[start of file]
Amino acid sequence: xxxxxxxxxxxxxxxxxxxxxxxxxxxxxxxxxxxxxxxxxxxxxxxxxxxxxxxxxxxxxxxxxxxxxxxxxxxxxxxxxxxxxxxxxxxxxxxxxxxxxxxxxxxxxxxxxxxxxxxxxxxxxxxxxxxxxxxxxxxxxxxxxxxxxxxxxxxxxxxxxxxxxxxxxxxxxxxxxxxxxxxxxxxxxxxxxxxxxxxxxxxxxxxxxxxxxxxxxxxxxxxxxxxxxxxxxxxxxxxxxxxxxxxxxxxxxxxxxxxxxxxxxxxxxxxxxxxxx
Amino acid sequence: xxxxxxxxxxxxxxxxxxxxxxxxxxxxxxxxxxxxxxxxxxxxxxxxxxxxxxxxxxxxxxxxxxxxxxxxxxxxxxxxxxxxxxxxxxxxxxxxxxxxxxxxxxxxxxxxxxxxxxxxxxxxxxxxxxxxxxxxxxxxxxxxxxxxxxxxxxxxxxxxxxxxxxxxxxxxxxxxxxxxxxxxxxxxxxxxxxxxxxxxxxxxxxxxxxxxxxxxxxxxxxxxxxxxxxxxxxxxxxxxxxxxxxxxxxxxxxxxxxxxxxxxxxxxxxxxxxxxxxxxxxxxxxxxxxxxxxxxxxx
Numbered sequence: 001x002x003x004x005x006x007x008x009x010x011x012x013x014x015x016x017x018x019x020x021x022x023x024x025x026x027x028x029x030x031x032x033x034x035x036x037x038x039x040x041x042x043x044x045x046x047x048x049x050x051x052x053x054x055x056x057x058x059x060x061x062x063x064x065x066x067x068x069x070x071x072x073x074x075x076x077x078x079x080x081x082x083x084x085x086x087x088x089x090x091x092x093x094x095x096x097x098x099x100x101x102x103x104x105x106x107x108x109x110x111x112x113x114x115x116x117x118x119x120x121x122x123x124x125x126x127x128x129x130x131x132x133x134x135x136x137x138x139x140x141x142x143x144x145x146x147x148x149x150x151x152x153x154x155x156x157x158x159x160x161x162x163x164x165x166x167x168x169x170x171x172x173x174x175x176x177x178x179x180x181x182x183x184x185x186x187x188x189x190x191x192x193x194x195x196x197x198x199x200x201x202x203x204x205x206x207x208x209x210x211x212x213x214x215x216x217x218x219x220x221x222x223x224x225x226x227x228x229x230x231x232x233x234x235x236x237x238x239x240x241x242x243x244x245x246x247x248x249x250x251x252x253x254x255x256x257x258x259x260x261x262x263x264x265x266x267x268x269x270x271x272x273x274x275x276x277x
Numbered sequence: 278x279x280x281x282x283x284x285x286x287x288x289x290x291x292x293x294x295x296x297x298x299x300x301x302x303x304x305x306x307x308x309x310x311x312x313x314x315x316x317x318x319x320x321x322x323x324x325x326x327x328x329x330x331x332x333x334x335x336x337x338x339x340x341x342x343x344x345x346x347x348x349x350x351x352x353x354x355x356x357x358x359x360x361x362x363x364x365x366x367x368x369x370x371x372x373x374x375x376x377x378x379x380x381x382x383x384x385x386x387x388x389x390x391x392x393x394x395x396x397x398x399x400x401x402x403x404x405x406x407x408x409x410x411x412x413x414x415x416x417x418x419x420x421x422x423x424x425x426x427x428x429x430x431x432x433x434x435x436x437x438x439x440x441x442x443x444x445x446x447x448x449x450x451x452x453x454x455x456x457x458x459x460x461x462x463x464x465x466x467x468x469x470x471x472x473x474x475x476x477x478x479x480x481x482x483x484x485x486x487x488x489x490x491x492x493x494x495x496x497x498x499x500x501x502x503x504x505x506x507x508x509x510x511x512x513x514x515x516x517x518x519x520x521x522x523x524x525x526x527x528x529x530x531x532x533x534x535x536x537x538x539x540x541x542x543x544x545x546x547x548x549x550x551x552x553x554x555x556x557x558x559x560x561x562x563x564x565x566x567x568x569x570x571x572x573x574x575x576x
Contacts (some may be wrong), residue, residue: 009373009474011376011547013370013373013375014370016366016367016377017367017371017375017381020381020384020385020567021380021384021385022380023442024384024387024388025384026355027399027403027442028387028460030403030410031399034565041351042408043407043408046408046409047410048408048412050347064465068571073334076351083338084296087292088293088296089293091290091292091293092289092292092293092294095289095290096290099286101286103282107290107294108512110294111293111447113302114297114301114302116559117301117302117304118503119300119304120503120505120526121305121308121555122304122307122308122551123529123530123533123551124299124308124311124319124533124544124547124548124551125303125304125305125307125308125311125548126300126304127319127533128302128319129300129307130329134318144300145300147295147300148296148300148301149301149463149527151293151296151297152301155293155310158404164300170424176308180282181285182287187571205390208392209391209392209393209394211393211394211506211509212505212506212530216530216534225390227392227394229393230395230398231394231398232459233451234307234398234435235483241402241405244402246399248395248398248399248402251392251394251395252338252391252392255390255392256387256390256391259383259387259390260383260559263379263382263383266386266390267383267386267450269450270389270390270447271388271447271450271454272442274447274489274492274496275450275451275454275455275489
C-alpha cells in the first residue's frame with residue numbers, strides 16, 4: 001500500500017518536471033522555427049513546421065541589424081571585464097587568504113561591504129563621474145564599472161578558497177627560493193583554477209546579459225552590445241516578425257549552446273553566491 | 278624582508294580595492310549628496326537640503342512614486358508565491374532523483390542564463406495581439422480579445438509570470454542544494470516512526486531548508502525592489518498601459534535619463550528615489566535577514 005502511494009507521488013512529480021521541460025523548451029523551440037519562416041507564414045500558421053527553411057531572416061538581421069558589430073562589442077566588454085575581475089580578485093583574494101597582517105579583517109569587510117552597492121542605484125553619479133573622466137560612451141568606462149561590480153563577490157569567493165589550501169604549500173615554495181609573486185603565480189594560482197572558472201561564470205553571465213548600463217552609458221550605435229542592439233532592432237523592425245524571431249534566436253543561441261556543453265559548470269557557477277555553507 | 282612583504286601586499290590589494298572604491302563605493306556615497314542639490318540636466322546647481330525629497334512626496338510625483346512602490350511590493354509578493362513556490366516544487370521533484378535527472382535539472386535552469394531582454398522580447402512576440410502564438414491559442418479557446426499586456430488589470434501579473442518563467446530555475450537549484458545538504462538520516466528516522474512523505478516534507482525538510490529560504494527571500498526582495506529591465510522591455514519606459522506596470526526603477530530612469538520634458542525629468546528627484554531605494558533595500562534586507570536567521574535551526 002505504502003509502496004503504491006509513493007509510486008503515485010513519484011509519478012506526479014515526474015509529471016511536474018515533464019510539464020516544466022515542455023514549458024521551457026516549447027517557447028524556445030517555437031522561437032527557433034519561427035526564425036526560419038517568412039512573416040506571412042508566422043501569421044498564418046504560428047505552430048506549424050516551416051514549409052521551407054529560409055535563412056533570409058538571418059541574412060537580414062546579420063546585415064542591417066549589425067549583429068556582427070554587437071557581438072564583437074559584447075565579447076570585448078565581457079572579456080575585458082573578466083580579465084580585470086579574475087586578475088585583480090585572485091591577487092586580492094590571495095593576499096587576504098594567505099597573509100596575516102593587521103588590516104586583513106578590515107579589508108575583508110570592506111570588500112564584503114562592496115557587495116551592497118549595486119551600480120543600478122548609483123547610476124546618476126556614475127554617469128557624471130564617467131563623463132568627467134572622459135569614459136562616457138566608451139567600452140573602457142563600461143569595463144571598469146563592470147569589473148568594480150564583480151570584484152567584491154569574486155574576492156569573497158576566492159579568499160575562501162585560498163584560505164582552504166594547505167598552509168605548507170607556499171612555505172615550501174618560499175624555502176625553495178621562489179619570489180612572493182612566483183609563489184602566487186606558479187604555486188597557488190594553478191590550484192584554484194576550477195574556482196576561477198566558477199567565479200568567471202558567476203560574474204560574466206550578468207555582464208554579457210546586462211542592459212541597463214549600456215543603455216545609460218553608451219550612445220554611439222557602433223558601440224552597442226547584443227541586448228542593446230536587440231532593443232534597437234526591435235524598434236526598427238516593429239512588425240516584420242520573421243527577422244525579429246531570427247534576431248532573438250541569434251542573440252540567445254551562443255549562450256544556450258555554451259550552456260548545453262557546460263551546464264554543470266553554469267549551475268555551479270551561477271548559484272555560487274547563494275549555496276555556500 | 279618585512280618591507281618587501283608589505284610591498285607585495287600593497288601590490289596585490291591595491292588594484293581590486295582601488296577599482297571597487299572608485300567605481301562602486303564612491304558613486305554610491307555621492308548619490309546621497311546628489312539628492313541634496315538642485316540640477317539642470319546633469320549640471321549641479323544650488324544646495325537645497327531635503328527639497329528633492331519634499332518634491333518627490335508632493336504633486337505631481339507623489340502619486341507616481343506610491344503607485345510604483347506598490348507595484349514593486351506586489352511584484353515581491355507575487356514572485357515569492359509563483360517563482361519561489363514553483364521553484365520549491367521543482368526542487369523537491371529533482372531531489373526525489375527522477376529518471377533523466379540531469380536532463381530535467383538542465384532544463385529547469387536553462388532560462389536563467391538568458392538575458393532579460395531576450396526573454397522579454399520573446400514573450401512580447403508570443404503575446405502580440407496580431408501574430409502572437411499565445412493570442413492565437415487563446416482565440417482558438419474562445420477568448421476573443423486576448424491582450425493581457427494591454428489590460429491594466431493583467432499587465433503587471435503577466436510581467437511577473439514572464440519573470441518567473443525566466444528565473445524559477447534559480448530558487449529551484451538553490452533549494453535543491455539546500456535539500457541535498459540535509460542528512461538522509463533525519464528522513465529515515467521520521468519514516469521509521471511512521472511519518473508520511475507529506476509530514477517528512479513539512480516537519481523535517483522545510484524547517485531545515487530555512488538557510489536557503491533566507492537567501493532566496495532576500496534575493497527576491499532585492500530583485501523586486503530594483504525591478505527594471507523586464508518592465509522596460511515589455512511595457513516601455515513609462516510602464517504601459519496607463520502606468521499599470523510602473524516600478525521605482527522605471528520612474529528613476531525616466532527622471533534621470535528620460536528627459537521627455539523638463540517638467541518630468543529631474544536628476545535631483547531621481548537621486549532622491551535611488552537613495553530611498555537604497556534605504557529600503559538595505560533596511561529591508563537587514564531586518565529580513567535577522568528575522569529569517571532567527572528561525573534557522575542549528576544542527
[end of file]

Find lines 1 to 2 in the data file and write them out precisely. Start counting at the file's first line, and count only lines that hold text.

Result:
Amino acid sequence: xxxxxxxxxxxxxxxxxxxxxxxxxxxxxxxxxxxxxxxxxxxxxxxxxxxxxxxxxxxxxxxxxxxxxxxxxxxxxxxxxxxxxxxxxxxxxxxxxxxxxxxxxxxxxxxxxxxxxxxxxxxxxxxxxxxxxxxxxxxxxxxxxxxxxxxxxxxxxxxxxxxxxxxxxxxxxxxxxxxxxxxxxxxxxxxxxxxxxxxxxxxxxxxxxxxxxxxxxxxxxxxxxxxxxxxxxxxxxxxxxxxxxxxxxxxxxxxxxxxxxxxxxxxxxxxxxxxxx
Amino acid sequence: xxxxxxxxxxxxxxxxxxxxxxxxxxxxxxxxxxxxxxxxxxxxxxxxxxxxxxxxxxxxxxxxxxxxxxxxxxxxxxxxxxxxxxxxxxxxxxxxxxxxxxxxxxxxxxxxxxxxxxxxxxxxxxxxxxxxxxxxxxxxxxxxxxxxxxxxxxxxxxxxxxxxxxxxxxxxxxxxxxxxxxxxxxxxxxxxxxxxxxxxxxxxxxxxxxxxxxxxxxxxxxxxxxxxxxxxxxxxxxxxxxxxxxxxxxxxxxxxxxxxxxxxxxxxxxxxxxxxxxxxxxxxxxxxxxxxxxxxxxx